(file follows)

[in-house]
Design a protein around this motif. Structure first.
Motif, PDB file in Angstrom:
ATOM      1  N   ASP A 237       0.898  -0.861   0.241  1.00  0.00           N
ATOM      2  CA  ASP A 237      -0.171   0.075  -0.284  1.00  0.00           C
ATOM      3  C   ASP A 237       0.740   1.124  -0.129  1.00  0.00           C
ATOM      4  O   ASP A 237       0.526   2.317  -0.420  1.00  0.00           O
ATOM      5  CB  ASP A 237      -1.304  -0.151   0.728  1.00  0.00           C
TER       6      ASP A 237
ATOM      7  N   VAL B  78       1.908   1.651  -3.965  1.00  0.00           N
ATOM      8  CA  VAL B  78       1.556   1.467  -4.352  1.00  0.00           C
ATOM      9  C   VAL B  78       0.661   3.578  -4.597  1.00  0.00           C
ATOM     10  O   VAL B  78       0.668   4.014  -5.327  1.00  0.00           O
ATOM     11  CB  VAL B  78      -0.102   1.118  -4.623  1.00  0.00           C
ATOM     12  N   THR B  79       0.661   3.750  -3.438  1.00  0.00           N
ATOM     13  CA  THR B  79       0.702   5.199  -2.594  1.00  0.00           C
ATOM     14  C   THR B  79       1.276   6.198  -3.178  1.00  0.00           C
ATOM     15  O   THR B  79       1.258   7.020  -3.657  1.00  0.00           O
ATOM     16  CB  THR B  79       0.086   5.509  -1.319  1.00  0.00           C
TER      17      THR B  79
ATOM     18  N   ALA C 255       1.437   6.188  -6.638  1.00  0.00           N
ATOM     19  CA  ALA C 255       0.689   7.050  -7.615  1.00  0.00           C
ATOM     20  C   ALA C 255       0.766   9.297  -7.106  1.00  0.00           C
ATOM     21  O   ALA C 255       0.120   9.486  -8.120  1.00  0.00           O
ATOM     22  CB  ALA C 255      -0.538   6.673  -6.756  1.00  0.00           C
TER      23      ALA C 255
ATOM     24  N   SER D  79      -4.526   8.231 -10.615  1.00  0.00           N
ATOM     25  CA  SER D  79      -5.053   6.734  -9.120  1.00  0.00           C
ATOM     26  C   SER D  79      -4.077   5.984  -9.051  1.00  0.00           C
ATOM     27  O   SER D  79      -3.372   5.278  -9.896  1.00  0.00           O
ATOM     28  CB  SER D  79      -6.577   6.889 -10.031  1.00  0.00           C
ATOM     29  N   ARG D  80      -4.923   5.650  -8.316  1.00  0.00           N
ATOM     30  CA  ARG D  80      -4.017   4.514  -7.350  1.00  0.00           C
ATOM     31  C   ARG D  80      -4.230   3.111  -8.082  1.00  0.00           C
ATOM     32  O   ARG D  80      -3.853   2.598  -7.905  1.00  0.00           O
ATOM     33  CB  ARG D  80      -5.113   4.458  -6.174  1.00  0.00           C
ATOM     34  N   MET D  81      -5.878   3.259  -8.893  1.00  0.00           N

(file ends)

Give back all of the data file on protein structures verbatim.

[in-house]
Design a protein around this motif. Structure first.
Motif, PDB file in Angstrom:
ATOM      1  N   ASP A 237       0.898  -0.861   0.241  1.00  0.00           N
ATOM      2  CA  ASP A 237      -0.171   0.075  -0.284  1.00  0.00           C
ATOM      3  C   ASP A 237       0.740   1.124  -0.129  1.00  0.00           C
ATOM      4  O   ASP A 237       0.526   2.317  -0.420  1.00  0.00           O
ATOM      5  CB  ASP A 237      -1.304  -0.151   0.728  1.00  0.00           C
TER       6      ASP A 237
ATOM      7  N   VAL B  78       1.908   1.651  -3.965  1.00  0.00           N
ATOM      8  CA  VAL B  78       1.556   1.467  -4.352  1.00  0.00           C
ATOM      9  C   VAL B  78       0.661   3.578  -4.597  1.00  0.00           C
ATOM     10  O   VAL B  78       0.668   4.014  -5.327  1.00  0.00           O
ATOM     11  CB  VAL B  78      -0.102   1.118  -4.623  1.00  0.00           C
ATOM     12  N   THR B  79       0.661   3.750  -3.438  1.00  0.00           N
ATOM     13  CA  THR B  79       0.702   5.199  -2.594  1.00  0.00           C
ATOM     14  C   THR B  79       1.276   6.198  -3.178  1.00  0.00           C
ATOM     15  O   THR B  79       1.258   7.020  -3.657  1.00  0.00           O
ATOM     16  CB  THR B  79       0.086   5.509  -1.319  1.00  0.00           C
TER      17      THR B  79
ATOM     18  N   ALA C 255       1.437   6.188  -6.638  1.00  0.00           N
ATOM     19  CA  ALA C 255       0.689   7.050  -7.615  1.00  0.00           C
ATOM     20  C   ALA C 255       0.766   9.297  -7.106  1.00  0.00           C
ATOM     21  O   ALA C 255       0.120   9.486  -8.120  1.00  0.00           O
ATOM     22  CB  ALA C 255      -0.538   6.673  -6.756  1.00  0.00           C
TER      23      ALA C 255
ATOM     24  N   SER D  79      -4.526   8.231 -10.615  1.00  0.00           N
ATOM     25  CA  SER D  79      -5.053   6.734  -9.120  1.00  0.00           C
ATOM     26  C   SER D  79      -4.077   5.984  -9.051  1.00  0.00           C
ATOM     27  O   SER D  79      -3.372   5.278  -9.896  1.00  0.00           O
ATOM     28  CB  SER D  79      -6.577   6.889 -10.031  1.00  0.00           C
ATOM     29  N   ARG D  80      -4.923   5.650  -8.316  1.00  0.00           N
ATOM     30  CA  ARG D  80      -4.017   4.514  -7.350  1.00  0.00           C
ATOM     31  C   ARG D  80      -4.230   3.111  -8.082  1.00  0.00           C
ATOM     32  O   ARG D  80      -3.853   2.598  -7.905  1.00  0.00           O
ATOM     33  CB  ARG D  80      -5.113   4.458  -6.174  1.00  0.00           C
ATOM     34  N   MET D  81      -5.878   3.259  -8.893  1.00  0.00           N